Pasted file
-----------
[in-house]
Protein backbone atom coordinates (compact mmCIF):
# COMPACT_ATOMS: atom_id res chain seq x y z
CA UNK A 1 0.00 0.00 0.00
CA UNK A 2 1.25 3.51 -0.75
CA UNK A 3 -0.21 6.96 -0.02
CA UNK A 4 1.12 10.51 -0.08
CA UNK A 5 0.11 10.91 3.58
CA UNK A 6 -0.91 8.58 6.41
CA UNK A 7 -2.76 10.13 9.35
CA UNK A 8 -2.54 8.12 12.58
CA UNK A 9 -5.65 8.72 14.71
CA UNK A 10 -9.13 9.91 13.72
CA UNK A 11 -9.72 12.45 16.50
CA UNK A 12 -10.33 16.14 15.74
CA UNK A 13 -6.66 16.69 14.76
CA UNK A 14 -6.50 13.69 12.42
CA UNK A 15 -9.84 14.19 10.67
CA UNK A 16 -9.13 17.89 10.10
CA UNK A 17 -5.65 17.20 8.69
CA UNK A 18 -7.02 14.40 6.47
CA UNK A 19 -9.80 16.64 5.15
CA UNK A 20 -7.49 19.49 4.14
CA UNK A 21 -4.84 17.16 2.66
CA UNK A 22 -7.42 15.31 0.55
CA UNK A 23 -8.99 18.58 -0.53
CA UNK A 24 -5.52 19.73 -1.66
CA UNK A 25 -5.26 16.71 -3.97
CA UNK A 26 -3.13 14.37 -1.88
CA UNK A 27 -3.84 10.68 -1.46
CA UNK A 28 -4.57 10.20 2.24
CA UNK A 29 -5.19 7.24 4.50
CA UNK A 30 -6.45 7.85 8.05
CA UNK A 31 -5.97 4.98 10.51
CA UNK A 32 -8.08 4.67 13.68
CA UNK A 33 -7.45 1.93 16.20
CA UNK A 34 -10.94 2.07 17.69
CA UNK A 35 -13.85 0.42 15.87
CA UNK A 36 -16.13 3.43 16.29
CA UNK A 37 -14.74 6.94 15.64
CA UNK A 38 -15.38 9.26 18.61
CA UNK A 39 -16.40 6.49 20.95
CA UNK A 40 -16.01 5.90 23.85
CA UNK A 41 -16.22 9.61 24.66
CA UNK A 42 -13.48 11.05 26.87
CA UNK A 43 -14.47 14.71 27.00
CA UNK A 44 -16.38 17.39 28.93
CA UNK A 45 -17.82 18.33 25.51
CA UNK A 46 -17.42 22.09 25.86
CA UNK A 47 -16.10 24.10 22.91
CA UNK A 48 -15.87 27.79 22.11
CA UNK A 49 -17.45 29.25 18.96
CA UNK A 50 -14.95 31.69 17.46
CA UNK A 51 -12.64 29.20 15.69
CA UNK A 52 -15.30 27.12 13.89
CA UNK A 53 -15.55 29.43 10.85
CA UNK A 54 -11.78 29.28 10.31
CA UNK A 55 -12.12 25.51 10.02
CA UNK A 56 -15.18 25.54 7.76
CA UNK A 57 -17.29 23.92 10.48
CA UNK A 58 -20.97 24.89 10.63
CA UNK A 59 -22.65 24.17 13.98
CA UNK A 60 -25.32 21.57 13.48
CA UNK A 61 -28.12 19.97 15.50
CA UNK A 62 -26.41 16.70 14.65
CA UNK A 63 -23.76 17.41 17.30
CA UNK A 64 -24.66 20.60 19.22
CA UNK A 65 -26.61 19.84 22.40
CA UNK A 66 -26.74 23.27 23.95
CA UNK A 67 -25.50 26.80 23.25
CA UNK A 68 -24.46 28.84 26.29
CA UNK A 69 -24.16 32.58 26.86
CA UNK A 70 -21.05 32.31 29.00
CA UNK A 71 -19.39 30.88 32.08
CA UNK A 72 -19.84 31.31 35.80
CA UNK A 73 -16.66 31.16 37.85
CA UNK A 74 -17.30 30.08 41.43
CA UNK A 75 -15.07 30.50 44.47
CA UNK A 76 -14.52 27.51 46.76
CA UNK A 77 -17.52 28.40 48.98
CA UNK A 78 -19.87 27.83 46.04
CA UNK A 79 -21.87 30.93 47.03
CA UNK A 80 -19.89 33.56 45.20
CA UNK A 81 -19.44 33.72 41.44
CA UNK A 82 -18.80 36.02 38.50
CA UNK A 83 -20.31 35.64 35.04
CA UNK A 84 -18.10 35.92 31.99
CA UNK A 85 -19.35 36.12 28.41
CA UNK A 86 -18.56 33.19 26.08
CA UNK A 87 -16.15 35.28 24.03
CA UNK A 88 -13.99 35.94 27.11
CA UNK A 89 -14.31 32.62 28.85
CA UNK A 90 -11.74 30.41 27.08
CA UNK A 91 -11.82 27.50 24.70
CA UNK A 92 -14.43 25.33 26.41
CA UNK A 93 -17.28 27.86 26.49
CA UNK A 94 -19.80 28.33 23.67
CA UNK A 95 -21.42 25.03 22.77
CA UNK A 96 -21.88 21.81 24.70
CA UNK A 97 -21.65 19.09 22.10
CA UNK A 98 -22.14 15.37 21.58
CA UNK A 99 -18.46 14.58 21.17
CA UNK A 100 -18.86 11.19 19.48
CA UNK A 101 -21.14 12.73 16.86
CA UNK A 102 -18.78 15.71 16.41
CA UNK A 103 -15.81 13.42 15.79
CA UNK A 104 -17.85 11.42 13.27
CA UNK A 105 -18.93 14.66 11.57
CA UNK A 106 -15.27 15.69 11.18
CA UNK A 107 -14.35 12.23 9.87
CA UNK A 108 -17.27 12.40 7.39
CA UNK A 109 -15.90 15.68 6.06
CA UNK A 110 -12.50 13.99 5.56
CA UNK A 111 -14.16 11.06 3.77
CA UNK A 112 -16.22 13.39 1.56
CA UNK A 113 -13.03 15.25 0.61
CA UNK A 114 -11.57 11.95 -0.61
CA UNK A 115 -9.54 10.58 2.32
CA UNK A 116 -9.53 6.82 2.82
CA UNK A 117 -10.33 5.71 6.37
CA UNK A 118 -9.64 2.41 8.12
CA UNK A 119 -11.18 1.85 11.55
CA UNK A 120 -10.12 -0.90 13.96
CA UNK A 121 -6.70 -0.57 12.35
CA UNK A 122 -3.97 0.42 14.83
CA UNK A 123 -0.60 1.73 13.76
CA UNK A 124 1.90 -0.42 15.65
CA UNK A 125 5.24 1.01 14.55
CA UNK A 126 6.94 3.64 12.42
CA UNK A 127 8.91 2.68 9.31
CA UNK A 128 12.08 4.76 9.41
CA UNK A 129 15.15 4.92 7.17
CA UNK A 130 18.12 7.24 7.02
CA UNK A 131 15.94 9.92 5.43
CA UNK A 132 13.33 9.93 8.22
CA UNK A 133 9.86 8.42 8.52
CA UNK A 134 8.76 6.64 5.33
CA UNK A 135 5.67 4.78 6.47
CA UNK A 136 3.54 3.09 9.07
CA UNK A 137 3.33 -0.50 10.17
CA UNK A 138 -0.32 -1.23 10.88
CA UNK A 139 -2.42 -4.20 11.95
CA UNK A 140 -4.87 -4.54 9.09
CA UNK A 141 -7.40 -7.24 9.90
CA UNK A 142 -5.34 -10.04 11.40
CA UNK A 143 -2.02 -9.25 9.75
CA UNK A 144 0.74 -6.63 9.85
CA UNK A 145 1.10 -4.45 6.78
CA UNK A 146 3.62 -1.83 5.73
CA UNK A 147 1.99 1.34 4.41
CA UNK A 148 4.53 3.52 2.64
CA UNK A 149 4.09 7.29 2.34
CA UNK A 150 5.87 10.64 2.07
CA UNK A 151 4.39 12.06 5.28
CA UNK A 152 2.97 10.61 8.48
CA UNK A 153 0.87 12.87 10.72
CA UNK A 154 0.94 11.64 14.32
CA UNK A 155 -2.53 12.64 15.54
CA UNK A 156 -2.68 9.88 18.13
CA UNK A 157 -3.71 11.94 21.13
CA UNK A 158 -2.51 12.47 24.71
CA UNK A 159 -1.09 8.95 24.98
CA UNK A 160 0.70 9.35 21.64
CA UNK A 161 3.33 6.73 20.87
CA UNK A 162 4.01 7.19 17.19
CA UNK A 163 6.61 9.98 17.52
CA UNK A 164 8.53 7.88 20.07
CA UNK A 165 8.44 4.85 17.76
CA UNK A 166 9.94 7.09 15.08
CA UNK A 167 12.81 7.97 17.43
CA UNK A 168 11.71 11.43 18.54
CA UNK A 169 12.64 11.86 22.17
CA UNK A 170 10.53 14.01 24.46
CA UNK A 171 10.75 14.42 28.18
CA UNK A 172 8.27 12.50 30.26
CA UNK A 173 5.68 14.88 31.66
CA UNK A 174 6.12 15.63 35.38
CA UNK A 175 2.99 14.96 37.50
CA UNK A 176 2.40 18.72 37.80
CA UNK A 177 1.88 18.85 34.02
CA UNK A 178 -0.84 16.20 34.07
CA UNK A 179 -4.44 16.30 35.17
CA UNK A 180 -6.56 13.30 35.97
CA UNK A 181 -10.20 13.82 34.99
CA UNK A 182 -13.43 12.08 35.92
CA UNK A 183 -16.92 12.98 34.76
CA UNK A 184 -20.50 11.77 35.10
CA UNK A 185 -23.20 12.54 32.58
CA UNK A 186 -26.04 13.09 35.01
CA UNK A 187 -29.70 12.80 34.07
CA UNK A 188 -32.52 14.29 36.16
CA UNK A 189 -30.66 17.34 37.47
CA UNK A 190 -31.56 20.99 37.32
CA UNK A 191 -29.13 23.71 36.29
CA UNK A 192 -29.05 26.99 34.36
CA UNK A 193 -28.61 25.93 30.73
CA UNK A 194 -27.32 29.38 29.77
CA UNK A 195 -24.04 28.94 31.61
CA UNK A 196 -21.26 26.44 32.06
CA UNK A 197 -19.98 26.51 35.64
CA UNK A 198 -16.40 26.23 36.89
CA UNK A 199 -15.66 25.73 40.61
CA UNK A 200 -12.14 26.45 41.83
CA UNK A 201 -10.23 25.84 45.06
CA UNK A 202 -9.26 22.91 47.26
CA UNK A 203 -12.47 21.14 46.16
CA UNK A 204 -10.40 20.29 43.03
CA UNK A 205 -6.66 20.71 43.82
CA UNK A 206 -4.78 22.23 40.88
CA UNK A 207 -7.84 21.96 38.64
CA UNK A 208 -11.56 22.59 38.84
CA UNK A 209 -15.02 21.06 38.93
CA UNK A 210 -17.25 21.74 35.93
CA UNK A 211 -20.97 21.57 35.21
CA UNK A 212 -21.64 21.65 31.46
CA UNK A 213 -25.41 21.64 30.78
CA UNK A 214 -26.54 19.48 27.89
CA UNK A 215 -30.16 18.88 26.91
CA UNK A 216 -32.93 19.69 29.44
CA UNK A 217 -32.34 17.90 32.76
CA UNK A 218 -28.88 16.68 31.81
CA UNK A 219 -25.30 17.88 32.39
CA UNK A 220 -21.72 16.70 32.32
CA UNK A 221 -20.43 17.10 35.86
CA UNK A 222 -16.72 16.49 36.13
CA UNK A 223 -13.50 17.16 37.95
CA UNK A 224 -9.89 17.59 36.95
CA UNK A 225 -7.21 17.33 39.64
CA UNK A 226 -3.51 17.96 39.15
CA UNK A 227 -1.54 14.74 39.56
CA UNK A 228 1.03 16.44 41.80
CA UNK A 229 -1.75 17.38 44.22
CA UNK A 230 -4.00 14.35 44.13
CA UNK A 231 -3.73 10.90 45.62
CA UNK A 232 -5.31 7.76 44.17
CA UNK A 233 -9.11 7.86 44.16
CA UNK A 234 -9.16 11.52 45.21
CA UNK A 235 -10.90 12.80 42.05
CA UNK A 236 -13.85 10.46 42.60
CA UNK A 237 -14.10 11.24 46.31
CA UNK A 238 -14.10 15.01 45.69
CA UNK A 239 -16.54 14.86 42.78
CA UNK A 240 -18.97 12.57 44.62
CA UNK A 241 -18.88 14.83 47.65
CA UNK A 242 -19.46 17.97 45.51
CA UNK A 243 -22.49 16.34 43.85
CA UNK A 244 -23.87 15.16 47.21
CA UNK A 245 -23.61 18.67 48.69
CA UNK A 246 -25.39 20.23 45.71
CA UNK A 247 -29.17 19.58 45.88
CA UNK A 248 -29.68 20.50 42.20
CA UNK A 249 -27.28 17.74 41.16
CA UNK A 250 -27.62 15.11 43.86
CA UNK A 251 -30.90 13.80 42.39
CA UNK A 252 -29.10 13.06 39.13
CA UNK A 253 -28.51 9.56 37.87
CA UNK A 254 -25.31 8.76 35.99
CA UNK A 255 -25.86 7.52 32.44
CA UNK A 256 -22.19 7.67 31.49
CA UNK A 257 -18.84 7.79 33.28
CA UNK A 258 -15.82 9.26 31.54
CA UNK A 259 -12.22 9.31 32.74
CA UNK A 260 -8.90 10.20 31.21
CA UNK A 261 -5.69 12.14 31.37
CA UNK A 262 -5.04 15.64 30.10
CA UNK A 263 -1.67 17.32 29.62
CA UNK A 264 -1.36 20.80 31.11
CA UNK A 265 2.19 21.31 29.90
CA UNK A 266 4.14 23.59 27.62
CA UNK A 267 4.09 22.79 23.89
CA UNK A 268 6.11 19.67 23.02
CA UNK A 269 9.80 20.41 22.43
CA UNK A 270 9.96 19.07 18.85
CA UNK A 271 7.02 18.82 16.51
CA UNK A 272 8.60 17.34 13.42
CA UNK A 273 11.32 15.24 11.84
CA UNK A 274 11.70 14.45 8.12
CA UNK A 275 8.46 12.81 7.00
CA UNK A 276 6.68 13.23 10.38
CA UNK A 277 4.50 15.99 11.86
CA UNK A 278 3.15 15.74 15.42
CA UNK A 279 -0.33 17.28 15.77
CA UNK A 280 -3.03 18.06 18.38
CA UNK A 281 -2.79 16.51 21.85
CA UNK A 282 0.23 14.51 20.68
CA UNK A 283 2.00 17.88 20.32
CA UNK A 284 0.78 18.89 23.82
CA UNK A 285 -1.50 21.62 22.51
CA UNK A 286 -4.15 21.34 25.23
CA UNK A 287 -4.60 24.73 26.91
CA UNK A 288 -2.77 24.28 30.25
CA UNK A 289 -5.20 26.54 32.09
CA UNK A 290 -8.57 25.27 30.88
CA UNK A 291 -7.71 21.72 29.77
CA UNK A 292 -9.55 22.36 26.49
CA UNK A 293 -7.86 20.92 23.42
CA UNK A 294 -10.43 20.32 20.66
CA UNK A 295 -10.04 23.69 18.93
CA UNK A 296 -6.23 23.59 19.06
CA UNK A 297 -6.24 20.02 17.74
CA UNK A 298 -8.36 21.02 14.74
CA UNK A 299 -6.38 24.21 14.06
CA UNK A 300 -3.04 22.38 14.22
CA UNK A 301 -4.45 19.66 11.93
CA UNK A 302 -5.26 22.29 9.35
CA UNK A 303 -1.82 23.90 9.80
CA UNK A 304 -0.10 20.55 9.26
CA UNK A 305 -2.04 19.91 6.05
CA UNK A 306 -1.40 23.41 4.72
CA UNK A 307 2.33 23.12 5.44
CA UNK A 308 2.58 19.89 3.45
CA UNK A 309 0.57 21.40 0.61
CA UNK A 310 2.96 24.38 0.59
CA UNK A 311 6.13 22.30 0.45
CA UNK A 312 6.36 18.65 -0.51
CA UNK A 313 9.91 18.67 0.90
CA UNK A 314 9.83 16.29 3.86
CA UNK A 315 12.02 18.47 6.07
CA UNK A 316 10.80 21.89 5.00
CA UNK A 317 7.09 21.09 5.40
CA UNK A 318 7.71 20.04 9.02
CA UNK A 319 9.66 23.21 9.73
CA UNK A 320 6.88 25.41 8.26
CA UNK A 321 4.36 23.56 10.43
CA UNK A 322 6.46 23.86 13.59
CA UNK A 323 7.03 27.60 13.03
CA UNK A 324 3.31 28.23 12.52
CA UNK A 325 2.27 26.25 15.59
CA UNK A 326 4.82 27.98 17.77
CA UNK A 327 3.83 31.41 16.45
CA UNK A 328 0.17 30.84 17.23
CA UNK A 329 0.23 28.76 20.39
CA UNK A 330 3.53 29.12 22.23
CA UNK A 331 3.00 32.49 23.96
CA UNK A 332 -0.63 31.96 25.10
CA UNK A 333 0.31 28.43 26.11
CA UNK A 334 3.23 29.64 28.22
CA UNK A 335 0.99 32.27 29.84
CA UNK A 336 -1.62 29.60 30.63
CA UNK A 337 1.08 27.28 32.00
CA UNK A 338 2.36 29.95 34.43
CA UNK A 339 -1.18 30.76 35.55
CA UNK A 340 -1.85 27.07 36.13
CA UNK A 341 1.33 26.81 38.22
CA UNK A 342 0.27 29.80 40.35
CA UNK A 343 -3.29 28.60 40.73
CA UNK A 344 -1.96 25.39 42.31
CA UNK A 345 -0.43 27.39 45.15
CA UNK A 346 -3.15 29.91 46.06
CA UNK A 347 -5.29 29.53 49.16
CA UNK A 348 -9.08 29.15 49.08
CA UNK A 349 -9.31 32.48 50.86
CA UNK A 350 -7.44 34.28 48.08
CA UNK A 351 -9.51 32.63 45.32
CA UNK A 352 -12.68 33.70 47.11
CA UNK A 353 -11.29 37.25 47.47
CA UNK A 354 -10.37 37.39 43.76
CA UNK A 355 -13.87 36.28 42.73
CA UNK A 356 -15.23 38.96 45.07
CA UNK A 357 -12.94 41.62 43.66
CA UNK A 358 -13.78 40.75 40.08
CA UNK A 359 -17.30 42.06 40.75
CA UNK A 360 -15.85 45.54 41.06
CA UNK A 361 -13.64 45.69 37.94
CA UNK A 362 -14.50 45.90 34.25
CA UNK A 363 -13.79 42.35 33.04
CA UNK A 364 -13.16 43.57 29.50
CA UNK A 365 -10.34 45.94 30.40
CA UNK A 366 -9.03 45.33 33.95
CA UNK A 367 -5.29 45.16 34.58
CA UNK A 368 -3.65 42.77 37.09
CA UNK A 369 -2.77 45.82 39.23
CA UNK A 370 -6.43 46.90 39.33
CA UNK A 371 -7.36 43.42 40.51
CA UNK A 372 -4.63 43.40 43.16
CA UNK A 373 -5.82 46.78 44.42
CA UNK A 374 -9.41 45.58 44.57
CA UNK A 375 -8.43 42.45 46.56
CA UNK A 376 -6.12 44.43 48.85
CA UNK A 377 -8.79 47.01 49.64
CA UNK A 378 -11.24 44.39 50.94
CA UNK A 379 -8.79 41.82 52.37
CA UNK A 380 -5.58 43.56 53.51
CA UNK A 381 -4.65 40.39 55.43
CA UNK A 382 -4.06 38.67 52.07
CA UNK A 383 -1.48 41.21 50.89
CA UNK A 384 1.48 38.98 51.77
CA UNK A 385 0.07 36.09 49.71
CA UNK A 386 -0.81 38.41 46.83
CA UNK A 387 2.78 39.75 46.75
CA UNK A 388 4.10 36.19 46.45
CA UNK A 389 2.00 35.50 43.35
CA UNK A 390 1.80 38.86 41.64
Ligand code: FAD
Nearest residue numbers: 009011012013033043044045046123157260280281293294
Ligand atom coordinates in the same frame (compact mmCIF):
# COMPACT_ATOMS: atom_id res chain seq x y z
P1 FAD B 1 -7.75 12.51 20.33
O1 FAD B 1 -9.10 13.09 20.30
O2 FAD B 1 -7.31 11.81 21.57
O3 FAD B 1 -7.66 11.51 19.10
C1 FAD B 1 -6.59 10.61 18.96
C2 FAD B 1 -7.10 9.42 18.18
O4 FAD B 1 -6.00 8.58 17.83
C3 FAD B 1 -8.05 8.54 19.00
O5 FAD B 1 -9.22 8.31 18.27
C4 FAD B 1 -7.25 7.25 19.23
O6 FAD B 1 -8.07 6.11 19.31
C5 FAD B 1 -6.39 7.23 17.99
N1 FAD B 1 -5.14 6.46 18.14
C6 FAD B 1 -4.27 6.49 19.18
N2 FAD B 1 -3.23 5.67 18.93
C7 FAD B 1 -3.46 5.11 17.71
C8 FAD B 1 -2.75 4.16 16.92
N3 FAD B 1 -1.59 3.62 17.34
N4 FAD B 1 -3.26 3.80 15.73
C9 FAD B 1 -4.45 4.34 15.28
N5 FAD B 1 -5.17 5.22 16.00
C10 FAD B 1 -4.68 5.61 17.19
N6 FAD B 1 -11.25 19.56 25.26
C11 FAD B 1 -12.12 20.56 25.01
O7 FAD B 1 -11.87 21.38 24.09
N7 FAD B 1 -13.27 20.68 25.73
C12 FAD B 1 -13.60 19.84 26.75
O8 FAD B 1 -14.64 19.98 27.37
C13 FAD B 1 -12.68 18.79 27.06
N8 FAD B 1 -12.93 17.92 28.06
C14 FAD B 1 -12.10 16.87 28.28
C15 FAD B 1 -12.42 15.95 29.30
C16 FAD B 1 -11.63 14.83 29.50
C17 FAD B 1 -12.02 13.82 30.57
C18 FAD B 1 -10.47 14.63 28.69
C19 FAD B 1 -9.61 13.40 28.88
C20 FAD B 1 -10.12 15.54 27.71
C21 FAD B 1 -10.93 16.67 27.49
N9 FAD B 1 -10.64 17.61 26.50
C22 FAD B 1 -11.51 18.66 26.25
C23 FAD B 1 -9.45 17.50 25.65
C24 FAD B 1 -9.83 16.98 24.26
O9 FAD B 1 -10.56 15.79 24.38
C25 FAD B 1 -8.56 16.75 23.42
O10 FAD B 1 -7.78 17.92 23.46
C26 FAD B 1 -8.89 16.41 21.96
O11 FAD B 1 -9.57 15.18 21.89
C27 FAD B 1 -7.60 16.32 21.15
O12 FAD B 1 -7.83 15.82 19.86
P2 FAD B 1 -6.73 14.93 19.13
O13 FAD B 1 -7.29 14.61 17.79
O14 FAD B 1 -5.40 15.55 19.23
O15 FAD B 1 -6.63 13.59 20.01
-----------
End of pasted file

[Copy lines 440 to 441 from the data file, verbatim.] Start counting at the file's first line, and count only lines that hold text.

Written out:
O9 FAD B 1 -10.56 15.79 24.38
C25 FAD B 1 -8.56 16.75 23.42